Your weekly source of AAPI news.
1. Kelly Marie Tran to star in Disney's 'Raya and the Last Dragon'
Kelly Marie Tran has made (cinematic) history by being the first actress of Southeast Asian background to lead a Disney animated movie. Here's a quick description of the plot:
"In the movie, Raya (voiced by Tran) is the daughter of the Chief of the Heart Lands, one of the five lands in the fictional kingdom of Kumandra. Years ago, dragons and humans lived in harmony, until monsters known as Druun invaded, forcing the dragons to sacrifice themselves and save humanity. Raya's father was also killed, and the film follows her journey as a warrior to find the last dragon, who she believes can save Kumandra."
Tran is no stranger to Disney having starred in the fantastic role of Rose Tico in the recent Star Wars reboot. But, it was Tran's powerful op-ed in the New York Times about online harassment and abuse that made the biggest headlines:
"It wasn’t their words, it’s that I started to believe them.
Their words seemed to confirm what growing up as a woman and a person of color already taught me: that I belonged in margins and spaces, valid only as a minor character in their lives and stories.
And those words awakened something deep inside me — a feeling I thought I had grown out of. The same feeling I had when at 9, I stopped speaking Vietnamese altogether because I was tired of hearing other kids mock me. Or at 17, when at dinner with my white boyfriend and his family, I ordered a meal in perfect English, to the surprise of the waitress, who exclaimed, “Wow, it’s so cute that you have an exchange student!”
These are the thoughts that run through my head every time I pick up a script or a screenplay or a book. I know the opportunity given to me is rare. I know that I now belong to a small group of privileged people who get to tell stories for a living, stories that are heard and seen and digested by a world that for so long has tasted only one thing. I know how important that is. And I am not giving up.
You might know me as Kelly.
I am the first woman of color to have a leading role in a “Star Wars” movie.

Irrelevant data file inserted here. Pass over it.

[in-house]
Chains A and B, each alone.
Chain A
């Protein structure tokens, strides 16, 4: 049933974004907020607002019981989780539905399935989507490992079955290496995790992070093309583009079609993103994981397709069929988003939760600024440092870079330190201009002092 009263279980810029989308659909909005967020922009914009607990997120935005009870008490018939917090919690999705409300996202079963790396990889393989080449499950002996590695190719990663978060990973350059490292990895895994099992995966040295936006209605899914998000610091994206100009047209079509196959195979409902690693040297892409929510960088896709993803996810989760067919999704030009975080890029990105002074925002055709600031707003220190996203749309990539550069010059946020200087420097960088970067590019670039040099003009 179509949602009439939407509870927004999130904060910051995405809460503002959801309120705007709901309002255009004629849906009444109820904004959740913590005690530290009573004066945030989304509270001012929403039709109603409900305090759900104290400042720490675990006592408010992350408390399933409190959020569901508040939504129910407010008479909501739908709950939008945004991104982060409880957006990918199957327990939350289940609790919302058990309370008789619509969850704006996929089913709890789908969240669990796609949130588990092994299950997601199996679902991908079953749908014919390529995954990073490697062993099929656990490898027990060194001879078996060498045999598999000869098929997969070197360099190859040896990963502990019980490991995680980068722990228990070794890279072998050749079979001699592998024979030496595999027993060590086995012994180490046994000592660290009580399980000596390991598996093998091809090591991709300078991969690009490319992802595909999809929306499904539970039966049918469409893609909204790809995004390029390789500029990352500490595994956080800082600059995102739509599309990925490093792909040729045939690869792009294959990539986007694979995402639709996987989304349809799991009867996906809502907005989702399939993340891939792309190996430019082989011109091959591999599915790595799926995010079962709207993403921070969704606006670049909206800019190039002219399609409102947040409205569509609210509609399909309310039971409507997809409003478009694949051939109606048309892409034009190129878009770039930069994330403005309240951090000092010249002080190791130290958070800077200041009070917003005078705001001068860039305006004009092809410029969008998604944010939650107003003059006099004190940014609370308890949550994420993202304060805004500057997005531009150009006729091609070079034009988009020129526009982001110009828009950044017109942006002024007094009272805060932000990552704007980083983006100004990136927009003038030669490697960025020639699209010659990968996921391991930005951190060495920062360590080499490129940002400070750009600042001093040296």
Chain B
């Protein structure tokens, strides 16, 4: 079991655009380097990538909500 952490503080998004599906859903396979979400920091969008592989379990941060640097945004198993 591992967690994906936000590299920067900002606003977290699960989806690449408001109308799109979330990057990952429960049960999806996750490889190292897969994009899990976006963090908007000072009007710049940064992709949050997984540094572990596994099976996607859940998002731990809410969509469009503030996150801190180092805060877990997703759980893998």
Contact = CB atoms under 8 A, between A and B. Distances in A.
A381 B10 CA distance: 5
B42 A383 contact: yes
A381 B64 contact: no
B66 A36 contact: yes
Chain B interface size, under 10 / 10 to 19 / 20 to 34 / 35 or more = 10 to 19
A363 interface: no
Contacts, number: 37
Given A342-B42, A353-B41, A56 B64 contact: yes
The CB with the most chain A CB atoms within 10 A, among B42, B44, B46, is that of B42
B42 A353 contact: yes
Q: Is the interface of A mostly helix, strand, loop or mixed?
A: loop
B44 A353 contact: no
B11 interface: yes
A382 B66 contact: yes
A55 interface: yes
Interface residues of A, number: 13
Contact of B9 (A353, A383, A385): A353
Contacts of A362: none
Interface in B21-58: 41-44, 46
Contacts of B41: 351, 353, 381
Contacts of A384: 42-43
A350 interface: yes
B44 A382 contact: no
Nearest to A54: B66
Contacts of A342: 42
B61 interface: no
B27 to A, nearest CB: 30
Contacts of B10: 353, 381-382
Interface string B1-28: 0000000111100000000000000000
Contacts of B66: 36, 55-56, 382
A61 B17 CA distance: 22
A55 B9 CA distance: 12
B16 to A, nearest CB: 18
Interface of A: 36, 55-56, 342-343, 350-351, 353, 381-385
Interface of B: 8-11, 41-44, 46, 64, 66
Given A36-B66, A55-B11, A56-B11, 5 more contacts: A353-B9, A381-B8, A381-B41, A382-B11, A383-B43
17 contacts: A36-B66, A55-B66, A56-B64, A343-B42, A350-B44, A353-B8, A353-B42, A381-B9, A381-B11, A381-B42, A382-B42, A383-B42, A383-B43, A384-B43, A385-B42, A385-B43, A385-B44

I am the first Asian woman to appear on the cover of Vanity Fair.
My real name is Loan. And I am just getting started."
2. Naomi Osaka sits out tennis match in protest of the police shooting of Jacob Blake
If you don't know who Naomi Osaka is, you better get ready. Not only is the Japanese / Haitian tennis champion the first Asian player to hold the top ranking in singles, she is starting to use her celebrity to voice powerful messages.
This week, she opted to sit out a semi-final match at the Western and Southern Open in protest of the police shooting of Jacob Blake in Kenosha, WI. This prompted the tournament to postpone all matches. Osaka returned to the court after two days absence and won her next match.
Back in July, she called out critics who criticized the swimsuit photos she had posted on her Instagram account.
Osaka, who is the highest paid female athlete in the world, has also spoken out about the role athletes can play in political issues, particularly anti-racism.
As she said when she returned to the court this week, “Honestly, I’m more of a follower than a leader,” she continued. “I like to follow things. I was just waiting and waiting, and then I realized I would have to be the one to take the step.”
3. When Asians don't get into their first choice college...
This week Educational Research published a research paper that studied what happens if Asian students don't get into their first choice of college. The short answer? -- they do just fine.
The longer answer --
"Over all, our findings countered the claims made by the two groups that served as the impetus of the Justice Department’s investigation,” said study co-author Mike Hoa Nguyen, an assistant professor of higher education at the University of Denver. “We found that only small differences, if any, exist between the self-reported outcomes of Asian American students who were admitted to and attending their first-choice university and those students who were not.”
(Inside Higher Ed)
// aapi news
4. Yale Law Professor, husband of Tiger Mom, suspended over sexual harassment claims
Jed Rubenfeld, husband of Amy Chu who coined the phrase Tiger Mom, has been suspended for two years following an investigation of sexual abuse claims. From NY Mag, "The allegations, which spanned decades, included verbal harassment, unwanted touching, and attempted kissing, both in the classroom and at parties at Rubenfeld’s home."
Rubenfeld has denied all of the accusations.
5. Kristen Kish breaks free
In a really nice profile piece, Today talks to Kristen Kish about her upbringing, her culinary passions, winning Top Chef, and leaving Menton by James Beard Award-winning restauranteur Barbara Lynch to "break free".
Kish is currently advocating for female voices in the kitchen and media via a Hulu documentary titled "A Woman's Place."